Agencies to the Rescue: Applying Patent Law to the Research and Experimentation Credit Issues in Eustace v. Commissioner
Jeffrey L. Light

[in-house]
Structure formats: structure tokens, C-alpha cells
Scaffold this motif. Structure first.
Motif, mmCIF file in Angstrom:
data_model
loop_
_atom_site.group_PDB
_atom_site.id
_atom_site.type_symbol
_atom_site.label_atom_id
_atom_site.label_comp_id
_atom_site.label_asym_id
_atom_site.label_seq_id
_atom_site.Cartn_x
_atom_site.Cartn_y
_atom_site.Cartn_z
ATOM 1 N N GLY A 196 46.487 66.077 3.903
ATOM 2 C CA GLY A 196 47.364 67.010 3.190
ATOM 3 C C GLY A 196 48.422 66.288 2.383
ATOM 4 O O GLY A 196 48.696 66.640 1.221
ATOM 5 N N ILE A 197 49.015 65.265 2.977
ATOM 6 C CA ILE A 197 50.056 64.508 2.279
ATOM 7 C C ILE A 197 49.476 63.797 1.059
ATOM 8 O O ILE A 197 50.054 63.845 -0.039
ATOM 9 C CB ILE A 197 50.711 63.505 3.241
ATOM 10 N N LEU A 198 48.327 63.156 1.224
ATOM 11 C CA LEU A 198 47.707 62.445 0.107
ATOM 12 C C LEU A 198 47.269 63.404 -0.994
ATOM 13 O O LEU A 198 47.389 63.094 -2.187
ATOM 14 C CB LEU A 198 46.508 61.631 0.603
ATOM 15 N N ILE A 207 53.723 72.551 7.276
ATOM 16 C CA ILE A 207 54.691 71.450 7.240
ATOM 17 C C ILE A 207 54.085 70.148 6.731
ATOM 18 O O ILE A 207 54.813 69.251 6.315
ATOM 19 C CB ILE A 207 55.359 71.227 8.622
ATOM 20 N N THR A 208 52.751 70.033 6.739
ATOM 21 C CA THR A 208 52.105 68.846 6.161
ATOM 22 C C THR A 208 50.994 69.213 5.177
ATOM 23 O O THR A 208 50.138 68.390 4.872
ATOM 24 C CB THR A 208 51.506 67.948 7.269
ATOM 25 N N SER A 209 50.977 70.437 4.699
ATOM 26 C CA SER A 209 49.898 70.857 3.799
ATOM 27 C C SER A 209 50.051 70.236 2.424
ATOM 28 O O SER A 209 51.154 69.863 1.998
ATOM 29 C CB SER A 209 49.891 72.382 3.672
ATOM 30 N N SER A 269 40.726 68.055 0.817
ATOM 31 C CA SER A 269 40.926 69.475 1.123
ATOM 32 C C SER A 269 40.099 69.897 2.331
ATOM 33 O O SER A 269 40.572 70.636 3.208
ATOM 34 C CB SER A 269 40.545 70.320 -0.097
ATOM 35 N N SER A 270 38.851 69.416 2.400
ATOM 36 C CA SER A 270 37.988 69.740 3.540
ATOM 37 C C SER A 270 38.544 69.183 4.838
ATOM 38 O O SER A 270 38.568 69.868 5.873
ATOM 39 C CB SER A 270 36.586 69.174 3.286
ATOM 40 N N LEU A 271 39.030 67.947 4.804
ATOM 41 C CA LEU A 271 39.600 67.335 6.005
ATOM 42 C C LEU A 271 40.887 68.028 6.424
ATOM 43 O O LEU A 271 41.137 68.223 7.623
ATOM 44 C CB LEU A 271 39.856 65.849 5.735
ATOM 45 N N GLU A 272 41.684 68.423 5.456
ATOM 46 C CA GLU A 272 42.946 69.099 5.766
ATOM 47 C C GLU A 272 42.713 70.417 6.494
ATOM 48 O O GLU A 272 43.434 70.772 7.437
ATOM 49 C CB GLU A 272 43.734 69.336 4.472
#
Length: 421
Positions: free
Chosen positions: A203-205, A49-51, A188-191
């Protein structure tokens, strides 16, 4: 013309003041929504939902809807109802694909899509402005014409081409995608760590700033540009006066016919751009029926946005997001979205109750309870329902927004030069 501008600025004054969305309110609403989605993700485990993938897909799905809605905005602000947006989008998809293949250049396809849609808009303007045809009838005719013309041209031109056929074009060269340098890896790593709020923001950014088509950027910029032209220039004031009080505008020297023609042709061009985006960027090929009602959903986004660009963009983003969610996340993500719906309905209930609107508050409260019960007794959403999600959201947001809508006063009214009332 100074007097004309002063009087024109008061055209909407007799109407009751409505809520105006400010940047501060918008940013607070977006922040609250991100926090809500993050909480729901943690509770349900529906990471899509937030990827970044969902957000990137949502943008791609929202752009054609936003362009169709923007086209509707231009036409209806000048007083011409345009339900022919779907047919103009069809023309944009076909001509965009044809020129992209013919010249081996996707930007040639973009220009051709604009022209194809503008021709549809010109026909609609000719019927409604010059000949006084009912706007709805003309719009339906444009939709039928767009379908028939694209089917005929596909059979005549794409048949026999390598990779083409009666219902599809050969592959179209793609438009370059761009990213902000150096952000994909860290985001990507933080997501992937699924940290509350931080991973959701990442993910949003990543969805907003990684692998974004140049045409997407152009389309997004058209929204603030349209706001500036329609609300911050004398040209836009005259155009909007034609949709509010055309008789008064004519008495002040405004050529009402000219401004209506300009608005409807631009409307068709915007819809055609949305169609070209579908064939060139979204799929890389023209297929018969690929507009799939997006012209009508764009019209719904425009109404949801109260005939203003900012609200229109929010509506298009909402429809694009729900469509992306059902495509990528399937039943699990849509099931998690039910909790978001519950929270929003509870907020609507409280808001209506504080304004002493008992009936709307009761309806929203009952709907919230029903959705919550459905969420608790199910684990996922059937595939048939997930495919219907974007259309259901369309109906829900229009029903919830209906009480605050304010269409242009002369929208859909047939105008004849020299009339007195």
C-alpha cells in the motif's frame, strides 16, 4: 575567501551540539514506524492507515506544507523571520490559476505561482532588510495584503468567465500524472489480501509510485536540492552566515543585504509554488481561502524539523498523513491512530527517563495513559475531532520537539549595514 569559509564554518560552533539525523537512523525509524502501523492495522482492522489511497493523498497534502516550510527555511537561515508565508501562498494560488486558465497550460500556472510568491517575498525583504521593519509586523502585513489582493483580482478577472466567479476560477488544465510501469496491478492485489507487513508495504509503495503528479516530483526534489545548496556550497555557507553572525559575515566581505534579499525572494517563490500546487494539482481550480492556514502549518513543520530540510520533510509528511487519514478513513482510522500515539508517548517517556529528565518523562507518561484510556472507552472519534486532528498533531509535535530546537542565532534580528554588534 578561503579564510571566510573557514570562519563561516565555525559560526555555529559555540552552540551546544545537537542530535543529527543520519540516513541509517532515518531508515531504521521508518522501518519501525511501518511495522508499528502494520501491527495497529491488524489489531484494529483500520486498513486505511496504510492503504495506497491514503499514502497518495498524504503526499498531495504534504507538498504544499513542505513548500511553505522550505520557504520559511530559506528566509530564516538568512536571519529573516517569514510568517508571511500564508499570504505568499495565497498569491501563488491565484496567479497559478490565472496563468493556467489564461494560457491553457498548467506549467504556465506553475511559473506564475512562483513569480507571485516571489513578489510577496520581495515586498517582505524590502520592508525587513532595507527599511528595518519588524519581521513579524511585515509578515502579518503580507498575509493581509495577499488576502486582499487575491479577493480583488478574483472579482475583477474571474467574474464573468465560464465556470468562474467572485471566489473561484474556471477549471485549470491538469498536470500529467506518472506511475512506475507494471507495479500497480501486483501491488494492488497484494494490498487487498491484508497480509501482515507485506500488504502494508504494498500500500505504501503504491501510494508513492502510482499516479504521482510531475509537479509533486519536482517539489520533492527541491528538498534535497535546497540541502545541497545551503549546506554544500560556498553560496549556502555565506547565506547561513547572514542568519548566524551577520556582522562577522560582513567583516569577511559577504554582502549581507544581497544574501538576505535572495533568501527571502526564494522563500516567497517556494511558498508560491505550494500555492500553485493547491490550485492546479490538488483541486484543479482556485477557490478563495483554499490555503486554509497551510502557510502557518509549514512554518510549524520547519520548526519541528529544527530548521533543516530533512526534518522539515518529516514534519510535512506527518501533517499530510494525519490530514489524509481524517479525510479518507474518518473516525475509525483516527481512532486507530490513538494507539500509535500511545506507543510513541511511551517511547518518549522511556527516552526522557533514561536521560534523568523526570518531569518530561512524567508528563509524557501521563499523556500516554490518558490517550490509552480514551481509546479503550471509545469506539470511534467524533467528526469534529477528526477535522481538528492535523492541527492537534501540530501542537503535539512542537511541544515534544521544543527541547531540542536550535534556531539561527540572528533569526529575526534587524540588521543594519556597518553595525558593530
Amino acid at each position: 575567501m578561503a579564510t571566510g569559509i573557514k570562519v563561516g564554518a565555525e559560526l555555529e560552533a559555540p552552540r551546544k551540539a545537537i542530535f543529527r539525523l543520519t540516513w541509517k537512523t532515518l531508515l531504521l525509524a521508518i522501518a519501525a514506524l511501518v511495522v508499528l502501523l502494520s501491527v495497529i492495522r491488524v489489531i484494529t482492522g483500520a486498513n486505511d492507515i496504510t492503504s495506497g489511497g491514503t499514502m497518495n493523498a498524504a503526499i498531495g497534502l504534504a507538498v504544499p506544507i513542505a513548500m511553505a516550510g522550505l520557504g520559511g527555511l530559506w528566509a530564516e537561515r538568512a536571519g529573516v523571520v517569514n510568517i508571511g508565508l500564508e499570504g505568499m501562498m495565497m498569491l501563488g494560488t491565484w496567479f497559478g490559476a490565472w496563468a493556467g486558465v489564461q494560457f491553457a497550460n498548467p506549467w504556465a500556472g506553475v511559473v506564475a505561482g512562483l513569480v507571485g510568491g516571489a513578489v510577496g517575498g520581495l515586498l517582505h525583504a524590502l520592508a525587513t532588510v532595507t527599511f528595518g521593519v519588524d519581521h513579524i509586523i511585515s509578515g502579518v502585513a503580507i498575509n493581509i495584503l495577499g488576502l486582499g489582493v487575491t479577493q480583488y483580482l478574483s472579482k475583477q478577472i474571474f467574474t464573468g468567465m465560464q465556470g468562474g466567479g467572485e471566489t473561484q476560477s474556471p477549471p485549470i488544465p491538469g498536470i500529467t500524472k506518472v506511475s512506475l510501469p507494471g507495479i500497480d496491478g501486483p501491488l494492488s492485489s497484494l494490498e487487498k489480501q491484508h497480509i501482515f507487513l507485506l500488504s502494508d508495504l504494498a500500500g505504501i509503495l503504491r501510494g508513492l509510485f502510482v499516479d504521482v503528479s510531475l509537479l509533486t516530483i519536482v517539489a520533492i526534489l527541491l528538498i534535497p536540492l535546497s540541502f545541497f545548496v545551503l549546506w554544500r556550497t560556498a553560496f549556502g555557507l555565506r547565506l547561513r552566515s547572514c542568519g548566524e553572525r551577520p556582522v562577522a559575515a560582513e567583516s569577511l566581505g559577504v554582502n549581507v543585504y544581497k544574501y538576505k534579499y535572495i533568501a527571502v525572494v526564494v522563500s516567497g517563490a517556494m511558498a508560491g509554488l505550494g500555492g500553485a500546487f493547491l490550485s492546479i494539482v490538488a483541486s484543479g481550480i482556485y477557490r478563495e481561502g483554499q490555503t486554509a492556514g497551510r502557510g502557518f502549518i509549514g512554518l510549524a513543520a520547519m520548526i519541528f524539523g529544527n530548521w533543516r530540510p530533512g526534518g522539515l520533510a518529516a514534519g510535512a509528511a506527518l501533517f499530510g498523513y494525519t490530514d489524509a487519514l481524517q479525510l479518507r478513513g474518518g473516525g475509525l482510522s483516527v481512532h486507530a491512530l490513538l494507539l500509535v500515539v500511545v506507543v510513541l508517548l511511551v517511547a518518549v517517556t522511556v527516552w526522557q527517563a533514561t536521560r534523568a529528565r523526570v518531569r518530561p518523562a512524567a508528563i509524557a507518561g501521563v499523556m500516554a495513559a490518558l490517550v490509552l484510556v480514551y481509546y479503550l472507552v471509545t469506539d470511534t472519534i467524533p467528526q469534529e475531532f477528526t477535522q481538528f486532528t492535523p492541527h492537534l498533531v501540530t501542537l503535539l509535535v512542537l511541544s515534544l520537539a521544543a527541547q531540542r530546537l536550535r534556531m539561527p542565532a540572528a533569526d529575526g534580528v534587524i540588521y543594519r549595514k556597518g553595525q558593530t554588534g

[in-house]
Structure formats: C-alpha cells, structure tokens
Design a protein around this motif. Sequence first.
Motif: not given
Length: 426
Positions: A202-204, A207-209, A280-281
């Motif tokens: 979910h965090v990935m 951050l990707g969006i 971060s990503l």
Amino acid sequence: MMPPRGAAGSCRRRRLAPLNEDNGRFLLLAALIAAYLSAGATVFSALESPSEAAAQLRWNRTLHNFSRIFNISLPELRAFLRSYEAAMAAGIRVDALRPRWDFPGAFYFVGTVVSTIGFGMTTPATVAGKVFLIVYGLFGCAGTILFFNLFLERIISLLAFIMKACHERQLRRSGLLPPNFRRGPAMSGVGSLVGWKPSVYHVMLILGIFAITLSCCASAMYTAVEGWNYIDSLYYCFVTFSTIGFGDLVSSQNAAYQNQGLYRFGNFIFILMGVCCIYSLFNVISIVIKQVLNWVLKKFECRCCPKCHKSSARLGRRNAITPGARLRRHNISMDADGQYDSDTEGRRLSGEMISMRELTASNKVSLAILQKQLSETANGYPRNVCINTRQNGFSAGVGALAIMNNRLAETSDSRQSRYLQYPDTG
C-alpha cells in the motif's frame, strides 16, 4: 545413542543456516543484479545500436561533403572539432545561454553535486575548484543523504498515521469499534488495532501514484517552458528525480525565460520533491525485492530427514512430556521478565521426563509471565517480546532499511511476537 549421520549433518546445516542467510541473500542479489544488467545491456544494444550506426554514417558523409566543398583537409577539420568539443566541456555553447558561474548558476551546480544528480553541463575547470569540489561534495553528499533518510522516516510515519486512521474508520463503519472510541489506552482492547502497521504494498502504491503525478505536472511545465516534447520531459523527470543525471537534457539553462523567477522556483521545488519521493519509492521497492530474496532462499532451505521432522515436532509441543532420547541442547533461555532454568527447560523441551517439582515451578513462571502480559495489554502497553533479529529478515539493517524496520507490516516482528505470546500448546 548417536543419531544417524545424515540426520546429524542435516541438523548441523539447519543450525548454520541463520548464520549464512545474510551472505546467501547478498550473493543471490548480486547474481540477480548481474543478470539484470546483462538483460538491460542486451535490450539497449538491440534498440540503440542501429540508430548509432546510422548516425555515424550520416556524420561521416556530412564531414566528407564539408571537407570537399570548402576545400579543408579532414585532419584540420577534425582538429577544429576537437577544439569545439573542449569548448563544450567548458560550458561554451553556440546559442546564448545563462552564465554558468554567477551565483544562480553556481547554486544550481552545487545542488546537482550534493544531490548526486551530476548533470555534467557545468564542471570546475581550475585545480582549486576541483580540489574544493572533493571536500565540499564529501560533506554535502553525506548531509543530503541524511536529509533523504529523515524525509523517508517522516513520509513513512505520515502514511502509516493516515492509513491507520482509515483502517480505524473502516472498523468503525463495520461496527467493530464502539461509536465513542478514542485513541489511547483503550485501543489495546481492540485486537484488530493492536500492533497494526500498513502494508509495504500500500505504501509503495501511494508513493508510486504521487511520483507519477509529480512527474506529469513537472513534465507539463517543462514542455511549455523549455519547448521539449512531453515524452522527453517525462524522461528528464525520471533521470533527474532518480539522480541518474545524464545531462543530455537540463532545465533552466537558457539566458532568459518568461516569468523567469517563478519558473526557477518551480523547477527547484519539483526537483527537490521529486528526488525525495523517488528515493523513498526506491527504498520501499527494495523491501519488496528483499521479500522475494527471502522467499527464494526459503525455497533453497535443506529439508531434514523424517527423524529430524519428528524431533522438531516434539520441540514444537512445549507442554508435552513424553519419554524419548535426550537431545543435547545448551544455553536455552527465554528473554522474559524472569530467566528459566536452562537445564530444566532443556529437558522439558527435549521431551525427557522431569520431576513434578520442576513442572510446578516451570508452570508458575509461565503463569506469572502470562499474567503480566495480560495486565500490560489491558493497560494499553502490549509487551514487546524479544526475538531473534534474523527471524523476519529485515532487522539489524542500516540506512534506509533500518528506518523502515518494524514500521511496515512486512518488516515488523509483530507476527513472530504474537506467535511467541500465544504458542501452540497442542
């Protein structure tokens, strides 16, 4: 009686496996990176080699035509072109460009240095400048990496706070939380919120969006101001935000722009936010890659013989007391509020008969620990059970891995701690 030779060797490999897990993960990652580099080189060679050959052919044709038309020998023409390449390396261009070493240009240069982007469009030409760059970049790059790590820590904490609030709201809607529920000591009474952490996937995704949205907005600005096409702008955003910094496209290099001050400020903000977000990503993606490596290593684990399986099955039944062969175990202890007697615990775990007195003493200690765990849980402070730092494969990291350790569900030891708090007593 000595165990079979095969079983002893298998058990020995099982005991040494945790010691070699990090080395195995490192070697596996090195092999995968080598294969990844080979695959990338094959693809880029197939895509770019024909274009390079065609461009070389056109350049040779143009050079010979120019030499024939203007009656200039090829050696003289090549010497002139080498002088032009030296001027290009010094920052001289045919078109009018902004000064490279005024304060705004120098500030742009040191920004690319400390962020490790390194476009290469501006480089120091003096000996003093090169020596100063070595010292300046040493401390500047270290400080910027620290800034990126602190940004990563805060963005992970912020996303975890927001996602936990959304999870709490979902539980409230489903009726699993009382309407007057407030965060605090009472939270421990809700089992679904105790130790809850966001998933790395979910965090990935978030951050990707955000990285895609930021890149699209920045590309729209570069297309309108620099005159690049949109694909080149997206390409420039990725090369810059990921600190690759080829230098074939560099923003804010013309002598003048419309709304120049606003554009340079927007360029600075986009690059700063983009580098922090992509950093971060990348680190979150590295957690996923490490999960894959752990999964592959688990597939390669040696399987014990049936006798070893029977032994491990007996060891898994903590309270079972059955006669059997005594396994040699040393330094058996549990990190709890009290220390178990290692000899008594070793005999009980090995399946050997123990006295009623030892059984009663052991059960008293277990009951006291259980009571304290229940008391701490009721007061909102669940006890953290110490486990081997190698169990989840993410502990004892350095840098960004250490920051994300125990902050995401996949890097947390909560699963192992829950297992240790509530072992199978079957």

In Eustace v. Commissioner, the Tax Court held that the taxpayer did not qualify for the research and experimentation credit in relation to commercial software development because it did not meet the test under section 41(d). Section 41(d) describes the four-part test for determining whether activities constitute qualified research. It was enacted by Congress to strike a balance between “society’s need for technological innovation” and the desire to “eliminate any taxpayer abuse.” On appeal, the Seventh Circuit affirmed, holding that the taxpayer’s alleged experimentation was mere tinkering and did not result in any new knowledge in computer science. Further, the court rejected the taxpayer’s contention that the more lenient standard contained in Proposed Regulation section 1.41-4 should be applied because it has no legal effect. The proposed regulations differ from the current regulations in that the proposed regulations eliminate the requirement that the recipient of the credit discover a new technology or make a significant refinement to an existing technology. The court overlooked an important opportunity by not considering the proposed regulations and the rules of other agencies, such as the United States Patent and Trademark Office (USPTO), which have resolved similar problems of properly rewarding inventors. The court could have integrated the Treasury rules with the rules of other agencies and past court precedents. This in turn would have led to more predictable and more objective standards for taxpayers, regardless of how high the bar is set.Part I of this Note discusses the background of the research and experimentation tax credit. Part II describes the facts of Eustace. Part III summarizes the opinions of the Tax Court and the Seventh Circuit. Part IV analyzes the Seventh Circuit’s decision. Part V concludes that greater deference to agency rules is desirable where the agency has extensive experience with the issue in question.